Photo: Natalie Southwick
Nestled on the western side of the Guajira peninsula, a remote spit of desert split between Colombia and Venezuela that juts out into the Caribbean, the pocket-sized town of Cabo de la Vela has quietly become a major eco-tourism destination – for those daring enough to brave the trip to try to find it. A two-hour drive from the nearest highway, Cabo de la Vela is the definition of “off the beaten path,” a tiny fishing village with a few houses and restaurants, a nearby lighthouse and some of the most beautiful water on Colombia’s Caribbean coast.
Photo: Kevin Raub
French bombshell Brigitte Bardot didn’t discover Armação dos Búzios (Búzios for short) but when she decided in 1964, at the top of her fame, to hide away in this small, unknown fishing village north of Rio de Janeiro for three months, she helped the world discover Búzios. The timeline of this gorgeous Brazilian beach resort, home to 23 some-odd beaches, each more perfect than the next, can be divided in two parts: B.B (Before Bardot) and A.B (After Bardot).
Photo: Beach Park
Bringing your kids to Brazil? No problem! Generally speaking, Brazil is a very kid-friendly country and the entire culture revolves around the idea of family time.
Let’s talk logistics: The airfare for children under the age of two usually runs 10% of the full-fare, rising to 50% until the age of 12. On long-distance buses, your lap is free, a seat is full-fare. Many hotels allow kids under five to stay free, but cots, cribs and other baby-oriented items may be more rare – plan ahead. Baby food and diapers are easy to find, but some of your favorite medicines may not be (best to bring those along). Overall, bring what you can’t live without, buy or borrow most of the standard necessities.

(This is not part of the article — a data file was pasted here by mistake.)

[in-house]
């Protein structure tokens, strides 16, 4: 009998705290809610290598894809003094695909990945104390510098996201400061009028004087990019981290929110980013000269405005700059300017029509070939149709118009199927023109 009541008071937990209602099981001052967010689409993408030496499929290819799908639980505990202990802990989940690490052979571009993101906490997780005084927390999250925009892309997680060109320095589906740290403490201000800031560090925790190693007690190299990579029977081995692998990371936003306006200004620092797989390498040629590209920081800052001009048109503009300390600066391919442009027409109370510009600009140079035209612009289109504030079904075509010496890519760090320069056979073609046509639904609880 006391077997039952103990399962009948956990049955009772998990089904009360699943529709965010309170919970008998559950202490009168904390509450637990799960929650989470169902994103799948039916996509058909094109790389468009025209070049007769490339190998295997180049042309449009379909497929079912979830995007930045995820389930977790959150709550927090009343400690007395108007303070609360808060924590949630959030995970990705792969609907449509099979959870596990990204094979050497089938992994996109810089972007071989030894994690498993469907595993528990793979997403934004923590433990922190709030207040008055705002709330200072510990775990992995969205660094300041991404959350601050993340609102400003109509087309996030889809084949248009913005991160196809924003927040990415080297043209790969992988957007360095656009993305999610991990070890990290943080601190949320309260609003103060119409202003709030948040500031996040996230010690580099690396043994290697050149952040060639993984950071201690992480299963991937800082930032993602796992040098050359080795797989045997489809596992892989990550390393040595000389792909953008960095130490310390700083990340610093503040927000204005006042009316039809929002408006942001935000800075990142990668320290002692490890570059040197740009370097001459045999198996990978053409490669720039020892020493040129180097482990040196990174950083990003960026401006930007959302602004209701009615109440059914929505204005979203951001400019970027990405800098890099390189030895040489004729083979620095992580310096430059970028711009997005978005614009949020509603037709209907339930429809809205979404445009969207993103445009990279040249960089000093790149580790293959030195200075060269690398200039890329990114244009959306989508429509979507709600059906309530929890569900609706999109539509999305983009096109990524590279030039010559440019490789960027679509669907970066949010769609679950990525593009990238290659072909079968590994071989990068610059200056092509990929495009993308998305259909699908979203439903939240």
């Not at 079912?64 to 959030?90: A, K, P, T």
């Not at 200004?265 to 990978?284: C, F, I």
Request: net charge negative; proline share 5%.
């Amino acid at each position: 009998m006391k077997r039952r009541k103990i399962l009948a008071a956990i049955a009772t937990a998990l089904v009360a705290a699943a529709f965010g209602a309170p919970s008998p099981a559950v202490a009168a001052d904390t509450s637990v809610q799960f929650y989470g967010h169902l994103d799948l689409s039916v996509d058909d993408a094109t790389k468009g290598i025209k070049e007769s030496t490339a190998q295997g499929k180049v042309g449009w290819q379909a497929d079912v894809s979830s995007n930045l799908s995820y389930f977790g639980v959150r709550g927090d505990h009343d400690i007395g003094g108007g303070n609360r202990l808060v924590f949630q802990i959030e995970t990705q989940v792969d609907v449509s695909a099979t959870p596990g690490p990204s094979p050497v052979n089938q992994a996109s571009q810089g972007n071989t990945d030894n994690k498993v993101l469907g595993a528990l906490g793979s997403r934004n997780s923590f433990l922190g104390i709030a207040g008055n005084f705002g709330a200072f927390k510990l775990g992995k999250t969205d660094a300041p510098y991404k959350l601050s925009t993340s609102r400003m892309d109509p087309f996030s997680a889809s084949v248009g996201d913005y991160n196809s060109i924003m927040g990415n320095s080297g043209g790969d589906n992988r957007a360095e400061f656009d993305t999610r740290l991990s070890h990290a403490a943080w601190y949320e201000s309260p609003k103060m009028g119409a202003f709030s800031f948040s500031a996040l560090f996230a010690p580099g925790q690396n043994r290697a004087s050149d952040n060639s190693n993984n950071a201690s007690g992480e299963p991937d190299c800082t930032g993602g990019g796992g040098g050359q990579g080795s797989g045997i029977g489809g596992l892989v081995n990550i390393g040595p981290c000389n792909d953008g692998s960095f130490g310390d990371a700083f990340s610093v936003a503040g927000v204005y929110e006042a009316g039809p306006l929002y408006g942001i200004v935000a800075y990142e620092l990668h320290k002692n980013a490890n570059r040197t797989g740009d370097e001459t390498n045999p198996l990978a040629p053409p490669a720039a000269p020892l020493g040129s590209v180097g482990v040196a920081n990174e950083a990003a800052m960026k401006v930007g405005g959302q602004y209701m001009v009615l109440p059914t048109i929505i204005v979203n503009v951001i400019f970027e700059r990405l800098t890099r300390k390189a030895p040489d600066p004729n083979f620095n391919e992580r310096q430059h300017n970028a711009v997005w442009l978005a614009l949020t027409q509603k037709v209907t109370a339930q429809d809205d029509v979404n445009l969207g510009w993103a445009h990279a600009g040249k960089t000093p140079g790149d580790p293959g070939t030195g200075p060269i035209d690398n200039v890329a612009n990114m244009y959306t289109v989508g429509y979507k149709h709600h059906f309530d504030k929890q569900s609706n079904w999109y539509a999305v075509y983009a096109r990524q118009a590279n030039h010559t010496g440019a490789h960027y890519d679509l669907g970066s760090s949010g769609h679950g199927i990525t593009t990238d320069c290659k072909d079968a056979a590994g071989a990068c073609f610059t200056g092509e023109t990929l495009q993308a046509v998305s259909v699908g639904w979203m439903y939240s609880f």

And if your kids can’t live without peanut butter and jelly sandwiches, it’s best to bring your own PB! It’s rare outside of Rio, São Paulo and Brasília and expensive no matter where you are. Paying $18 for a jar of Peter Pan can ruin a vacation!
Here are Brazil’s top five destinations and attractions for kids:
With a stunning coastline of almost 3,000 miles, Chile definitely has a beach to suit every taste. There are beaches for checking out tidal pools, like Isla Negra, and for big wave surfing like Pichilemu, a couple of hours south west of Santiago, and of course, beaches for rock-scrambling, wading, long walks at sunset, and even the occasional chungungo (marine otter) sighting. The last one I saw in Maitencillo, on an early morning walk.
But if I had to pick just one beach, from the north, center and south of Chile’s extraordinarily long coastline, for long days at the beach, azure waters and sheer entertainment, I know which ones are my favorites, starting from the south.
Peru receives international acclaim for its man-made mysteries – primarily Machu Picchu and the Nazca Lines – but perhaps one of its equally alluring destinations wasn’t manufactured by hand.
Peru’s beaches stretch more than 1,400 miles (2,250 km) down a sprawling coastline that kisses the Pacific Ocean. At nearly double the length of California’s famous seaside, Peru offers travelers a varied experience – from luxurious resorts to surfing Meccas to playful penguins.